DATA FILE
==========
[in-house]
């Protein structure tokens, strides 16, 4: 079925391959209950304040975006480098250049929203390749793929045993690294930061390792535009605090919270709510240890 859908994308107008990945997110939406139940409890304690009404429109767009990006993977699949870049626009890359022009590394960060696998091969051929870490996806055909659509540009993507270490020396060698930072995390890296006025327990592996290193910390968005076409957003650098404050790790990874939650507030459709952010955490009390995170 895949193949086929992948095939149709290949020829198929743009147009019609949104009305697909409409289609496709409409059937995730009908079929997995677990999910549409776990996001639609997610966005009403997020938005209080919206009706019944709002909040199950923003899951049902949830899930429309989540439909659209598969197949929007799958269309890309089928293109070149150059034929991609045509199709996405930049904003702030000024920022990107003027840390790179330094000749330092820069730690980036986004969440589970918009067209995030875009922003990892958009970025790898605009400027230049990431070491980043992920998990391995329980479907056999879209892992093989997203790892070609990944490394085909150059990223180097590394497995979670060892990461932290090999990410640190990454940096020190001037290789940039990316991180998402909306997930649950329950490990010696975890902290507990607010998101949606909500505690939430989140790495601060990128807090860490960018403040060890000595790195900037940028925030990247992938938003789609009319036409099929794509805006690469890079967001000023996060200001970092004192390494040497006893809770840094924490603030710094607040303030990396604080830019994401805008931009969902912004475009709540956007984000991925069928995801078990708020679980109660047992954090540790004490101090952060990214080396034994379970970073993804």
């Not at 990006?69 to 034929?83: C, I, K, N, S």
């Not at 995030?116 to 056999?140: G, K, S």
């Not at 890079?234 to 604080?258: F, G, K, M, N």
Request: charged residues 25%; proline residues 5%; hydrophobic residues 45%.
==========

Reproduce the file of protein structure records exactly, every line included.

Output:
[in-house]
């Protein structure tokens, strides 16, 4: 079925391959209950304040975006480098250049929203390749793929045993690294930061390792535009605090919270709510240890 859908994308107008990945997110939406139940409890304690009404429109767009990006993977699949870049626009890359022009590394960060696998091969051929870490996806055909659509540009993507270490020396060698930072995390890296006025327990592996290193910390968005076409957003650098404050790790990874939650507030459709952010955490009390995170 895949193949086929992948095939149709290949020829198929743009147009019609949104009305697909409409289609496709409409059937995730009908079929997995677990999910549409776990996001639609997610966005009403997020938005209080919206009706019944709002909040199950923003899951049902949830899930429309989540439909659209598969197949929007799958269309890309089928293109070149150059034929991609045509199709996405930049904003702030000024920022990107003027840390790179330094000749330092820069730690980036986004969440589970918009067209995030875009922003990892958009970025790898605009400027230049990431070491980043992920998990391995329980479907056999879209892992093989997203790892070609990944490394085909150059990223180097590394497995979670060892990461932290090999990410640190990454940096020190001037290789940039990316991180998402909306997930649950329950490990010696975890902290507990607010998101949606909500505690939430989140790495601060990128807090860490960018403040060890000595790195900037940028925030990247992938938003789609009319036409099929794509805006690469890079967001000023996060200001970092004192390494040497006893809770840094924490603030710094607040303030990396604080830019994401805008931009969902912004475009709540956007984000991925069928995801078990708020679980109660047992954090540790004490101090952060990214080396034994379970970073993804």
């Not at 990006?69 to 034929?83: C, I, K, N, S």
């Not at 995030?116 to 056999?140: G, K, S």
């Not at 890079?234 to 604080?258: F, G, K, M, N």
Request: charged residues 25%; proline residues 5%; hydrophobic residues 45%.